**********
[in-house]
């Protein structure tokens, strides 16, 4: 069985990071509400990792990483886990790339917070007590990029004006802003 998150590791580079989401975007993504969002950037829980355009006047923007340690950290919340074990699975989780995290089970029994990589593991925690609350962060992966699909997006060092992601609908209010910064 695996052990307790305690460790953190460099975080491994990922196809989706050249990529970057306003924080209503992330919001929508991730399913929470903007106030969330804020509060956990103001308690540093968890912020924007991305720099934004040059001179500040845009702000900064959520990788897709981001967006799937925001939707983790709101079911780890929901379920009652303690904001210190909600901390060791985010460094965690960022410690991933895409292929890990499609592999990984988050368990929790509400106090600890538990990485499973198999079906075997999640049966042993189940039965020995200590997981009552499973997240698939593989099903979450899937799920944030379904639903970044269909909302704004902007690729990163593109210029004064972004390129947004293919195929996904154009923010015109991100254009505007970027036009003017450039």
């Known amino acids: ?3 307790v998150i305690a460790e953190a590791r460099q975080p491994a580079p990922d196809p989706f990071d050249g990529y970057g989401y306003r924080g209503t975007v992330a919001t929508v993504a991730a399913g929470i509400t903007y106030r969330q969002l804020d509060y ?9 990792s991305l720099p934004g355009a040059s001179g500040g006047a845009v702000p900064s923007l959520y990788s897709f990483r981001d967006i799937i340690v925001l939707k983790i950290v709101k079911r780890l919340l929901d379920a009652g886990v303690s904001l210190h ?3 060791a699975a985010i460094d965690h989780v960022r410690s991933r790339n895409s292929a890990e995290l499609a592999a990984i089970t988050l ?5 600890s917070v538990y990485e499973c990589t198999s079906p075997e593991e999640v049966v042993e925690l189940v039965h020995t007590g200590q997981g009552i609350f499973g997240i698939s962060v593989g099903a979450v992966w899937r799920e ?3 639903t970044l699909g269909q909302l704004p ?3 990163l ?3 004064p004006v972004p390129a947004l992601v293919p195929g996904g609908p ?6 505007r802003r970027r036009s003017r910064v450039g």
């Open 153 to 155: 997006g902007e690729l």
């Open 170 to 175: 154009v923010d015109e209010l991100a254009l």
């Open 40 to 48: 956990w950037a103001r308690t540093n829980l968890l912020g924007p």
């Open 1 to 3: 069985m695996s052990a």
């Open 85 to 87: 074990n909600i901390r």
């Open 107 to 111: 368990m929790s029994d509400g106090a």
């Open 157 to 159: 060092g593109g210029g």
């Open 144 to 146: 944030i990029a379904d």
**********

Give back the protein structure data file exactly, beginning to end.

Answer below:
[in-house]
């Protein structure tokens, strides 16, 4: 069985990071509400990792990483886990790339917070007590990029004006802003 998150590791580079989401975007993504969002950037829980355009006047923007340690950290919340074990699975989780995290089970029994990589593991925690609350962060992966699909997006060092992601609908209010910064 695996052990307790305690460790953190460099975080491994990922196809989706050249990529970057306003924080209503992330919001929508991730399913929470903007106030969330804020509060956990103001308690540093968890912020924007991305720099934004040059001179500040845009702000900064959520990788897709981001967006799937925001939707983790709101079911780890929901379920009652303690904001210190909600901390060791985010460094965690960022410690991933895409292929890990499609592999990984988050368990929790509400106090600890538990990485499973198999079906075997999640049966042993189940039965020995200590997981009552499973997240698939593989099903979450899937799920944030379904639903970044269909909302704004902007690729990163593109210029004064972004390129947004293919195929996904154009923010015109991100254009505007970027036009003017450039």
């Known amino acids: ?3 307790v998150i305690a460790e953190a590791r460099q975080p491994a580079p990922d196809p989706f990071d050249g990529y970057g989401y306003r924080g209503t975007v992330a919001t929508v993504a991730a399913g929470i509400t903007y106030r969330q969002l804020d509060y ?9 990792s991305l720099p934004g355009a040059s001179g500040g006047a845009v702000p900064s923007l959520y990788s897709f990483r981001d967006i799937i340690v925001l939707k983790i950290v709101k079911r780890l919340l929901d379920a009652g886990v303690s904001l210190h ?3 060791a699975a985010i460094d965690h989780v960022r410690s991933r790339n895409s292929a890990e995290l499609a592999a990984i089970t988050l ?5 600890s917070v538990y990485e499973c990589t198999s079906p075997e593991e999640v049966v042993e925690l189940v039965h020995t007590g200590q997981g009552i609350f499973g997240i698939s962060v593989g099903a979450v992966w899937r799920e ?3 639903t970044l699909g269909q909302l704004p ?3 990163l ?3 004064p004006v972004p390129a947004l992601v293919p195929g996904g609908p ?6 505007r802003r970027r036009s003017r910064v450039g």
């Open 153 to 155: 997006g902007e690729l």
């Open 170 to 175: 154009v923010d015109e209010l991100a254009l």
């Open 40 to 48: 956990w950037a103001r308690t540093n829980l968890l912020g924007p």
């Open 1 to 3: 069985m695996s052990a």
């Open 85 to 87: 074990n909600i901390r």
């Open 107 to 111: 368990m929790s029994d509400g106090a």
């Open 157 to 159: 060092g593109g210029g």
């Open 144 to 146: 944030i990029a379904d």